I put a range of colored cells up both the left and right side. This is a computer generated version of the cells that you’ll find on a Gretag Macbeth Color Checker chart. Now, the thing to note about these cells is that they are a reference. The Granger and Gamut charts as well contain images that your printer will not be able to reproduce fully with today’s technology. The point is to have something standard to compare from paper to paper. We know that the color cells on either side should be a pure red, green and blue, as well as cyan, magenta and yellow for example. I also wanted to see just how close the printer and paper could reproduce the Granger and Gamut charts, because there are some pretty subtle gradations and hues in there. Being able to take one paper and look at it against another is the main point of all this and I’m not that worried that this is not a 100% scientific methodology.
A final word on the test graphic is the boiler plate text. I’ve included this because one of the main reasons for my doing these paper tests right now is because I’m trying to nail down one or two papers for a fine art print project that I’m working on, and I wanted to see how each paper reproduced this text. If you download the test image, by all means, remove the text and copyrights etc for your own tests. All text is on a white background so it will be easy to get rid of. But, if you are going to redistribute the graphic for any reason, please use the one that contains my site address and the copyright notice, or create your own image from scratch. Thanks!
The printer that I used for my tests is a Canon PIXMA Pro 9500. In Japan this is called a Pixus Pro 9500, not Pixma, and it’s the now old version, not the Mark II that Canon has recently brought out to fix banding issues which I personally just don’t see and so won’t be upgrading. For the sake of time, I won’t go into details about the profiles I used for printing either, other than that I used a paper manufacturer’s profile for all papers except the Bergger Fine Art Rag PN62. They don’t have a profile for this paper and my printer combination. The paper that I bought had an insert though that says to print using the Canon profile, which is what I did. By the way, I’m not going to go into details on how to print with a color profile today. I’ve talked about this in the past, and I can go into this again if people want, but right now, let’s assume that you know how to print with a paper/printer profile.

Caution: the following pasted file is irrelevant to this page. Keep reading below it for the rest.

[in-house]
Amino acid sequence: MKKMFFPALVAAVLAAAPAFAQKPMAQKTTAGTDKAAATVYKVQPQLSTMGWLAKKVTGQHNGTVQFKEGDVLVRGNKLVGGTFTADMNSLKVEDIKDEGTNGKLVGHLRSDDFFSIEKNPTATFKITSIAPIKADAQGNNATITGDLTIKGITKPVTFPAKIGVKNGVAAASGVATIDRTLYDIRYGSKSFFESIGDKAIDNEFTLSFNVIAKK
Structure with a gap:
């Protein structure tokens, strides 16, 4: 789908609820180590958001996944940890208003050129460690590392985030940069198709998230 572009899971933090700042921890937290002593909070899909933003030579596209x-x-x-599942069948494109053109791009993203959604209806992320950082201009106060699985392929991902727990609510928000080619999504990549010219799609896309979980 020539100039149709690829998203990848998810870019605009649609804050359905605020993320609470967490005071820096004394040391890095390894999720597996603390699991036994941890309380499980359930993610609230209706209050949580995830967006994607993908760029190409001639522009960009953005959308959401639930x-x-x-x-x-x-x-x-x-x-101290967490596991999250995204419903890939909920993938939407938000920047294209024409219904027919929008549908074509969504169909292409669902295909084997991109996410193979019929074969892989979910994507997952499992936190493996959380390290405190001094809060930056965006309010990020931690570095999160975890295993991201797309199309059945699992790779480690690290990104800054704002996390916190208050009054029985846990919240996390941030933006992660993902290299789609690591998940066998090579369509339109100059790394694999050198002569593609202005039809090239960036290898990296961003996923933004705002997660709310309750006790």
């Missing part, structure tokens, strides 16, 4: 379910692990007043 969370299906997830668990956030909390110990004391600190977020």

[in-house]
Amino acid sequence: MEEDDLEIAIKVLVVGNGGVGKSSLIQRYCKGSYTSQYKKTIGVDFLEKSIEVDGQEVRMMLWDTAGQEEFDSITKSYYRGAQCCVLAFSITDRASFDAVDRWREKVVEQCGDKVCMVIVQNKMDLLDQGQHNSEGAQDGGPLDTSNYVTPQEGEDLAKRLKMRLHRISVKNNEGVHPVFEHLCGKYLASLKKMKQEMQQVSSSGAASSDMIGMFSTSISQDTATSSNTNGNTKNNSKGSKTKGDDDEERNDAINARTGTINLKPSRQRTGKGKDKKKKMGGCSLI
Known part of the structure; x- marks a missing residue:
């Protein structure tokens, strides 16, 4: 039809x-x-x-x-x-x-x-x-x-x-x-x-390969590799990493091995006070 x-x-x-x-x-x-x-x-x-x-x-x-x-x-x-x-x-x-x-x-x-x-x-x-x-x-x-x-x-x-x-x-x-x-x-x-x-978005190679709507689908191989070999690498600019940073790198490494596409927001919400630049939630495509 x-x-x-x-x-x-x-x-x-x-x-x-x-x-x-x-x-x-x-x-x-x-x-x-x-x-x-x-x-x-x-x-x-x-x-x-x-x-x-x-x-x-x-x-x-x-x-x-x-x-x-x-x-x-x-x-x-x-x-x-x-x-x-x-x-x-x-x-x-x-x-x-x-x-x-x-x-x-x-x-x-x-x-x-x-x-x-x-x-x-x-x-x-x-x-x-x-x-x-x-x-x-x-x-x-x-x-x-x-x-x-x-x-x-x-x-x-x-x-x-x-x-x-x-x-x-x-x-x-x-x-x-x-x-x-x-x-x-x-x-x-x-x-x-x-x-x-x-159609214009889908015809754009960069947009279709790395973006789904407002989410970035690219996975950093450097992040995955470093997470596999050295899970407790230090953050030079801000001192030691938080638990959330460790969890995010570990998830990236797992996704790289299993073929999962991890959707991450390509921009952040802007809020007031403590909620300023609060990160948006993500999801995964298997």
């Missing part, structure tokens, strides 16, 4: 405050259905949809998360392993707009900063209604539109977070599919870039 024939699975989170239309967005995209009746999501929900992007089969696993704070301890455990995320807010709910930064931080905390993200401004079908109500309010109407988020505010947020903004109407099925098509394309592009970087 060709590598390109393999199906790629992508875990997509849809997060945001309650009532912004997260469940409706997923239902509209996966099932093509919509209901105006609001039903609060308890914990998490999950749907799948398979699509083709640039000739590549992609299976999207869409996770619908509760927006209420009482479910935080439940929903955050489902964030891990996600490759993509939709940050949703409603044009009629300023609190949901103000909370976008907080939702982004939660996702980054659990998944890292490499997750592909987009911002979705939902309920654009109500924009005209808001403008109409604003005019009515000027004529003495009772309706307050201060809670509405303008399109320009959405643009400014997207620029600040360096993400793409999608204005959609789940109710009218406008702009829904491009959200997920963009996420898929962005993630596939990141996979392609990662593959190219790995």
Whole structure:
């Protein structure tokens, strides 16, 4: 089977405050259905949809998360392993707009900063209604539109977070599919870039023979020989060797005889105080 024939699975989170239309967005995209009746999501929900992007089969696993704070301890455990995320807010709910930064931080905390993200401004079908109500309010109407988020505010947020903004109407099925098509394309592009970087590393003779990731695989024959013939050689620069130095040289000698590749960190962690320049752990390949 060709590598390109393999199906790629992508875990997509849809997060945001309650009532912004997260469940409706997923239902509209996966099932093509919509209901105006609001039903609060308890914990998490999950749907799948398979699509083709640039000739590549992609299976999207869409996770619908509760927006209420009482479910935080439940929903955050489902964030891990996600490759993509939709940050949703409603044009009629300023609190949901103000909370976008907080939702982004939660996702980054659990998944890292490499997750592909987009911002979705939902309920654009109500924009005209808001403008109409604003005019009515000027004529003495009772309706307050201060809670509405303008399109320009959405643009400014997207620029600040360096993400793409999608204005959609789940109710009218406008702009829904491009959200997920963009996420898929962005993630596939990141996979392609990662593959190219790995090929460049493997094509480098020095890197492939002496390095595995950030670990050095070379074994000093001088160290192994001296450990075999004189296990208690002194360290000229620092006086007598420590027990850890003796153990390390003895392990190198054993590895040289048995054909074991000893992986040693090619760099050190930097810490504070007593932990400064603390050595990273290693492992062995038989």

One last word on the process before we start to actually look at the test prints is how I re-digitized the printed pages to show you here. I used my old Epson flat bed scanner, and turned off any and all processing that the scanner drivers would usually do. This means that the resulting images are a little bit flat, but I wanted them to have been scanned under exactly the same conditions, which is what we have here. I saved the originals with the AdobeRGB profile, and then converted to sRGB when I output the JPEGs. I compared the colors and quality, and on a high end Eizo monitor, there’s no difference. Of course, you can’t fully appreciate what I saw when looking directly at the prints, and it is the original prints that I used for comparison and which I will be commenting on here. You can though see the difference pretty well, and much better than I thought you would be able to, so you’ll be able to see close enough what I’m talking about.
I’ve split the papers into three groups, which are gloss and satin papers, fine art rag papers, and textured fine art papers. For my project I really wanted to identify my best choice for a gloss or satin finish, as I’m expecting the prints I release in a paper folio, will be picked up and looked at in the viewer’s hands, rather than hung on a wall in a frame. Of course, I want a paper that will be good for both, but really the tactile feel of the paper and its weight, as well as the look of the face of the paper is important.
Canon Pro Platinum PT-101
The first paper that I printed to in the Gloss and Satin group is the Canon Pro Platinum paper. This is a nice heavy 300gsm, which is grams per square meter, paper which looks and feels very much like a traditional wet darkroom print. This hasn’t been out very long, but I have had very good results with this paper so far. The thing that struck me straight away with this paper was how beautiful the photographs looked. They are reproduced very faithfully, with lots of punch in the black and white flower, a beautiful gradation in the grey background, and the color flower is vivid and the ball of bokeh to the top right of the flower has a very nice gradation to black. Also, the Granger and Gamut chart reproduction is among the best of my tests. To be honest, as I really like the feel of this paper in the hand, I wanted this paper to be perfect in every way, but one thing let it down, and that is the paper’s ability to reproduce a brilliant red. The third cell down along the left side of the test image is basically an FF0000 full RGB red, yet the reproduction here is somewhat orange. Some of you will probably already be thinking to yourself that this is fine, because printer’s never product perfect reds, but remember, the Pixma Pro 9500 has a red ink cartridge. It should be perfect, and I’m disappointed that Canon’s profile doesn’t cash in on the huge advantage that this printer has over one’s without a red ink. Apart from that though, everything else is perfect. I am still very much in love with this paper, but let’s see how it fairs against the others.